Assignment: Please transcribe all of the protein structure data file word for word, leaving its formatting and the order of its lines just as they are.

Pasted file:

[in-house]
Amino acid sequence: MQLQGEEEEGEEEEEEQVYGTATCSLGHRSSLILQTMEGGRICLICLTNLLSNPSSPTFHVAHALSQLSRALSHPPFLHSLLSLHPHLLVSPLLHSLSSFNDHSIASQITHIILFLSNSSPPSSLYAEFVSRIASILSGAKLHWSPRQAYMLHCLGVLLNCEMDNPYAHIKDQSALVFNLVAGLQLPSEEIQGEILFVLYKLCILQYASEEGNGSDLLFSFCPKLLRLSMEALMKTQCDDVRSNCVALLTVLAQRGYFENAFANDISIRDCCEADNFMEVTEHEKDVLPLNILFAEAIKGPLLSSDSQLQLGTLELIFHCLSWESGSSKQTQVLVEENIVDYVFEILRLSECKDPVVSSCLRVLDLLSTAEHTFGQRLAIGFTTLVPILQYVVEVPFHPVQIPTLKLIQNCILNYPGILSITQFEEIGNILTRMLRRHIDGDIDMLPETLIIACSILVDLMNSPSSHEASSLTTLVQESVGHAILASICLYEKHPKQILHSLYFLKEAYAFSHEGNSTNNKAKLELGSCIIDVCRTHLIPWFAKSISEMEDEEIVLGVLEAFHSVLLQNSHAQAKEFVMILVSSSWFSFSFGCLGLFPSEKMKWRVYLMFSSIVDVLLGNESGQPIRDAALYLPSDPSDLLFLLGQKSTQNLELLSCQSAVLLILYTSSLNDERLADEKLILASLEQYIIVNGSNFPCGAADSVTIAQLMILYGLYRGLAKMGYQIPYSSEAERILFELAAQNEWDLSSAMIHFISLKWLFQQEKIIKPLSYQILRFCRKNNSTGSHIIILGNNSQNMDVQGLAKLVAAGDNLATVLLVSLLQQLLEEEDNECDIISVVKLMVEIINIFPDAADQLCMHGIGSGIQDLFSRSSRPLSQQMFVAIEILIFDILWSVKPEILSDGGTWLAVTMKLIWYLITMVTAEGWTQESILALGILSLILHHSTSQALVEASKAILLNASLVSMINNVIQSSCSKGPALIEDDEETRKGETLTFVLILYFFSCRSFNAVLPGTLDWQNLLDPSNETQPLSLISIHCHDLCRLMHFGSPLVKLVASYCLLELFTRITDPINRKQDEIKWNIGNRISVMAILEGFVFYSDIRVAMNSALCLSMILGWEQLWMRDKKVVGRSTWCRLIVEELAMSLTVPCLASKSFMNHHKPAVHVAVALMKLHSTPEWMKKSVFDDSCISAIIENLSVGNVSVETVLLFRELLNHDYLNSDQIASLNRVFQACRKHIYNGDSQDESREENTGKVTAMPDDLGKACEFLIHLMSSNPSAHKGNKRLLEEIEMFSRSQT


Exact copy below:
[in-house]
Amino acid sequence: MQLQGEEEEGEEEEEEQVYGTATCSLGHRSSLILQTMEGGRICLICLTNLLSNPSSPTFHVAHALSQLSRALSHPPFLHSLLSLHPHLLVSPLLHSLSSFNDHSIASQITHIILFLSNSSPPSSLYAEFVSRIASILSGAKLHWSPRQAYMLHCLGVLLNCEMDNPYAHIKDQSALVFNLVAGLQLPSEEIQGEILFVLYKLCILQYASEEGNGSDLLFSFCPKLLRLSMEALMKTQCDDVRSNCVALLTVLAQRGYFENAFANDISIRDCCEADNFMEVTEHEKDVLPLNILFAEAIKGPLLSSDSQLQLGTLELIFHCLSWESGSSKQTQVLVEENIVDYVFEILRLSECKDPVVSSCLRVLDLLSTAEHTFGQRLAIGFTTLVPILQYVVEVPFHPVQIPTLKLIQNCILNYPGILSITQFEEIGNILTRMLRRHIDGDIDMLPETLIIACSILVDLMNSPSSHEASSLTTLVQESVGHAILASICLYEKHPKQILHSLYFLKEAYAFSHEGNSTNNKAKLELGSCIIDVCRTHLIPWFAKSISEMEDEEIVLGVLEAFHSVLLQNSHAQAKEFVMILVSSSWFSFSFGCLGLFPSEKMKWRVYLMFSSIVDVLLGNESGQPIRDAALYLPSDPSDLLFLLGQKSTQNLELLSCQSAVLLILYTSSLNDERLADEKLILASLEQYIIVNGSNFPCGAADSVTIAQLMILYGLYRGLAKMGYQIPYSSEAERILFELAAQNEWDLSSAMIHFISLKWLFQQEKIIKPLSYQILRFCRKNNSTGSHIIILGNNSQNMDVQGLAKLVAAGDNLATVLLVSLLQQLLEEEDNECDIISVVKLMVEIINIFPDAADQLCMHGIGSGIQDLFSRSSRPLSQQMFVAIEILIFDILWSVKPEILSDGGTWLAVTMKLIWYLITMVTAEGWTQESILALGILSLILHHSTSQALVEASKAILLNASLVSMINNVIQSSCSKGPALIEDDEETRKGETLTFVLILYFFSCRSFNAVLPGTLDWQNLLDPSNETQPLSLISIHCHDLCRLMHFGSPLVKLVASYCLLELFTRITDPINRKQDEIKWNIGNRISVMAILEGFVFYSDIRVAMNSALCLSMILGWEQLWMRDKKVVGRSTWCRLIVEELAMSLTVPCLASKSFMNHHKPAVHVAVALMKLHSTPEWMKKSVFDDSCISAIIENLSVGNVSVETVLLFRELLNHDYLNSDQIASLNRVFQACRKHIYNGDSQDESREENTGKVTAMPDDLGKACEFLIHLMSSNPSAHKGNKRLLEEIEMFSRSQT